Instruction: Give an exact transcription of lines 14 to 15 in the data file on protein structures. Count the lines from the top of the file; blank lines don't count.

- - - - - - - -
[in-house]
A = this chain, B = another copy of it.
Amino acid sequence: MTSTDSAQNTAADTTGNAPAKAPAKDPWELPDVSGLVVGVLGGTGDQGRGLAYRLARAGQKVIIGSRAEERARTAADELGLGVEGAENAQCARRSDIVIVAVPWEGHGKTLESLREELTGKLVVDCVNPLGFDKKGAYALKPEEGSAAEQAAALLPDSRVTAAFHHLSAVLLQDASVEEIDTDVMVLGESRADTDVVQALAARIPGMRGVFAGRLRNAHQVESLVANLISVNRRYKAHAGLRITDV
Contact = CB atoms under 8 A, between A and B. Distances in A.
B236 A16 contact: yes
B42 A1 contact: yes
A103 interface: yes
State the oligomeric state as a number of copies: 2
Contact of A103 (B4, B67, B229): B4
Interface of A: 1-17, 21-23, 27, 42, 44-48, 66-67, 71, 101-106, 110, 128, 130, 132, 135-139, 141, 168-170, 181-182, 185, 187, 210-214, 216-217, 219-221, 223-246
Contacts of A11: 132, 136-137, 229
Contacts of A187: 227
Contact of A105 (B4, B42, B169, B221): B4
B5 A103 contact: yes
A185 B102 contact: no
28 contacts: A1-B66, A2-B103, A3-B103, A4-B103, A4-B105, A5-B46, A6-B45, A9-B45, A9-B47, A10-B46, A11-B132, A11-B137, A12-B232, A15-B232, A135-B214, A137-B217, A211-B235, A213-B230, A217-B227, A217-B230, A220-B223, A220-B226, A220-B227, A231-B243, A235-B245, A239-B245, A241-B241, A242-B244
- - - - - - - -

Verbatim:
B5 A103 contact: yes
A185 B102 contact: no